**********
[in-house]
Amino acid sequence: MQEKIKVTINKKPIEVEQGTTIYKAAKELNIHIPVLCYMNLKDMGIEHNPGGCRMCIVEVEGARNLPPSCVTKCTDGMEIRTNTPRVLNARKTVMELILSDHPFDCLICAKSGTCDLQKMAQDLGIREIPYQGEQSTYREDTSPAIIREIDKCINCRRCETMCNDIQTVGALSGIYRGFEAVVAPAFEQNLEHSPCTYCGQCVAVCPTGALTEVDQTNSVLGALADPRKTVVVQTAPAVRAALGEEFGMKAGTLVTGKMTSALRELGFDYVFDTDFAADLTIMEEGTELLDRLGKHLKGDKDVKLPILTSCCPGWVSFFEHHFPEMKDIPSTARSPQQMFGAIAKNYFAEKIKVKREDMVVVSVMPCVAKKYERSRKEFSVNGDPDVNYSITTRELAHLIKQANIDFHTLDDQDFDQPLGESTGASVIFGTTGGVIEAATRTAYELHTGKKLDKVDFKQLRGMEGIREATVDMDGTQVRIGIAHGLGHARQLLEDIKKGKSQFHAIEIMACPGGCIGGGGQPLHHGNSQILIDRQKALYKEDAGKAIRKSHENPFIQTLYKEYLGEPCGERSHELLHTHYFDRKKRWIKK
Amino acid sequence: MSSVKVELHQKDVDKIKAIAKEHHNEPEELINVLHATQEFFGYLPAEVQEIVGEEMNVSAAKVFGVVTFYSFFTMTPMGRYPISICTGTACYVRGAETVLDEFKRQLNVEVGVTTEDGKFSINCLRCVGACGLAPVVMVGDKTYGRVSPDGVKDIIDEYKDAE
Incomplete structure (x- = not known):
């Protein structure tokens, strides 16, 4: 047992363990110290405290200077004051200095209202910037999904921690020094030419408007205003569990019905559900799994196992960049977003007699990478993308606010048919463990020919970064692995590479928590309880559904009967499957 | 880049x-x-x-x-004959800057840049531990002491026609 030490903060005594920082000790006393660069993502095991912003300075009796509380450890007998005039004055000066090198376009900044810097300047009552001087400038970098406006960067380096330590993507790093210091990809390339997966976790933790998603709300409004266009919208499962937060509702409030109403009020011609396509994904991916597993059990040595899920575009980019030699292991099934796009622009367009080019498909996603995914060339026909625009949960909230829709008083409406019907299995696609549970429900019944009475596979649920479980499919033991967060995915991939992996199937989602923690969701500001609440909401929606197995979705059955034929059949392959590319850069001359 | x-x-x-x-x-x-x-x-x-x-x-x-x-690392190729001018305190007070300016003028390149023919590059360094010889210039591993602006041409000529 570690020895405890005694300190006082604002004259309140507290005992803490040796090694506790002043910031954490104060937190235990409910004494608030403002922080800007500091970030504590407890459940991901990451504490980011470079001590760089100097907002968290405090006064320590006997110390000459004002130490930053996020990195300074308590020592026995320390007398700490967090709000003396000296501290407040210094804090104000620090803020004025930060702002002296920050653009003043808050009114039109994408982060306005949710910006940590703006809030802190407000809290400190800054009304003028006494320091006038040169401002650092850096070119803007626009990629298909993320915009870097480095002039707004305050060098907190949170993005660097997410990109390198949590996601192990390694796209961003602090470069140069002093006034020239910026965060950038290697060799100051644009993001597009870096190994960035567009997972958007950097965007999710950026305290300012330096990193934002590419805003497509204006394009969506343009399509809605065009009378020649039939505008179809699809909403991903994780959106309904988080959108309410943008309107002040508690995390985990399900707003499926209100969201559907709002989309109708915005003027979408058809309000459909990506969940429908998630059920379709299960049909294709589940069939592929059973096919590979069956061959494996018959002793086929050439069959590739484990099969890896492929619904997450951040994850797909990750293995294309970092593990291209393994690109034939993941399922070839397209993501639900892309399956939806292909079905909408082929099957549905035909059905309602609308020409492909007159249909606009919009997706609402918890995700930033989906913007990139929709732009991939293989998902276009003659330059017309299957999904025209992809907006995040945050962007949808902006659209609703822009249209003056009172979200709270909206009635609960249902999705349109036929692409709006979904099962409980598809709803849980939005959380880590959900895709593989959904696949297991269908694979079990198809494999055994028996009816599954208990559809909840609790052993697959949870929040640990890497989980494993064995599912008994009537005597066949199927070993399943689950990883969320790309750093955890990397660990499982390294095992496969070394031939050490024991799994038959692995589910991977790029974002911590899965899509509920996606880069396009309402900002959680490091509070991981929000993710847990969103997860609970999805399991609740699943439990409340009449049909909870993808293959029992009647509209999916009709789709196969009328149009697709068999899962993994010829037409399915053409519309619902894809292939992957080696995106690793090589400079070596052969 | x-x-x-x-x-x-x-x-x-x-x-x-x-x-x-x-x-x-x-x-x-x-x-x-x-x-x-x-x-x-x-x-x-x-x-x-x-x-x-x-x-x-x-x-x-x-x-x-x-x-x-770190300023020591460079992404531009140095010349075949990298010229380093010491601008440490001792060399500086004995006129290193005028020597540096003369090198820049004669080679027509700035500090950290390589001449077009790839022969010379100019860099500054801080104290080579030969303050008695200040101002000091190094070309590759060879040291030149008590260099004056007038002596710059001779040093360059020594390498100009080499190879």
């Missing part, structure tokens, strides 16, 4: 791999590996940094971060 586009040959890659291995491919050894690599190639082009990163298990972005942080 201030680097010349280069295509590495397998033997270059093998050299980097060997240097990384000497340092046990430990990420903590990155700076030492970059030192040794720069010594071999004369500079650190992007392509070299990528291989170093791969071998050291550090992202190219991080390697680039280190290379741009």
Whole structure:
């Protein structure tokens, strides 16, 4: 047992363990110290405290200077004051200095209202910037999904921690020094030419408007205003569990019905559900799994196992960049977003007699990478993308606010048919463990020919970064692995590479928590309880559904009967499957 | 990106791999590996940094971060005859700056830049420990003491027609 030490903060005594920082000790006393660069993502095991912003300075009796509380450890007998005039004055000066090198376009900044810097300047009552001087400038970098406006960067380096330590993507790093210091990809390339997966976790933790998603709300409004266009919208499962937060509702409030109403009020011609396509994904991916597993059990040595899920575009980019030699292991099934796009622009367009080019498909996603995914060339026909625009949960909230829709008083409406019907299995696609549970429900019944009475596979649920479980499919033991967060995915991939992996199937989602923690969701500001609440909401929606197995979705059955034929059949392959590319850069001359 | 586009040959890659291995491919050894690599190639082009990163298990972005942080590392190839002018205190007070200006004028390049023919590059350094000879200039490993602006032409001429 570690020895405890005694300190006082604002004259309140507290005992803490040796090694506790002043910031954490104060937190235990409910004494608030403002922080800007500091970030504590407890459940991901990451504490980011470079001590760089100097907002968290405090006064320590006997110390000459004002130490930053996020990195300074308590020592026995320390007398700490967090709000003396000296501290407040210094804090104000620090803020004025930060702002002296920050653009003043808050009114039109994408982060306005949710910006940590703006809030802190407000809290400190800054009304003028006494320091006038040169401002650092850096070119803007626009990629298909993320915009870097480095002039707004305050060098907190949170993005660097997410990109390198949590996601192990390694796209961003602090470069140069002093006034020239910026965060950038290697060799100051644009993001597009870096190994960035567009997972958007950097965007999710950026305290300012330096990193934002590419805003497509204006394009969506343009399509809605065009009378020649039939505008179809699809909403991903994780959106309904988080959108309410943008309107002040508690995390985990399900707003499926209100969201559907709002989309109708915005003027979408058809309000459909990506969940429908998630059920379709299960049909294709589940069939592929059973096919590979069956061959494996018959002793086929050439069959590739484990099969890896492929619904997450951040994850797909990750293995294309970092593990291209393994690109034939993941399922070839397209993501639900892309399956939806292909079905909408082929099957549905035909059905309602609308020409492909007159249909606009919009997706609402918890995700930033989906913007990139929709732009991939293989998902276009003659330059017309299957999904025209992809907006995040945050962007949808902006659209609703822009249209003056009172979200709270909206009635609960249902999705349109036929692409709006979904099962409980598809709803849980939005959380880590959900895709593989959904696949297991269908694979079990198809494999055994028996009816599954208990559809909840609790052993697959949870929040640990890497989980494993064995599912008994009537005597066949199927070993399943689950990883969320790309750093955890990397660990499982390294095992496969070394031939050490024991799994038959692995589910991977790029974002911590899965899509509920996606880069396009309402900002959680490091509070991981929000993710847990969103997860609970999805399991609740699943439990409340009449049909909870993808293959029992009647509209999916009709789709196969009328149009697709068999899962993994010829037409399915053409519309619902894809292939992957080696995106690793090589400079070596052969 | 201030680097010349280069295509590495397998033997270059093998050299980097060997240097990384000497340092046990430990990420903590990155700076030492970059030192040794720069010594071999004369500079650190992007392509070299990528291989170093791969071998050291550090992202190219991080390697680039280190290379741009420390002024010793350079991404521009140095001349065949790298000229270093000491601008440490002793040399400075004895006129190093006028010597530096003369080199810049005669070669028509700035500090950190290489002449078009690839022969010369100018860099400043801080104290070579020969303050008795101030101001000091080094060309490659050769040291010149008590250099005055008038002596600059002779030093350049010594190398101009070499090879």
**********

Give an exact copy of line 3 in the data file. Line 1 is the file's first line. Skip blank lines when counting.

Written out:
Amino acid sequence: MSSVKVELHQKDVDKIKAIAKEHHNEPEELINVLHATQEFFGYLPAEVQEIVGEEMNVSAAKVFGVVTFYSFFTMTPMGRYPISICTGTACYVRGAETVLDEFKRQLNVEVGVTTEDGKFSINCLRCVGACGLAPVVMVGDKTYGRVSPDGVKDIIDEYKDAE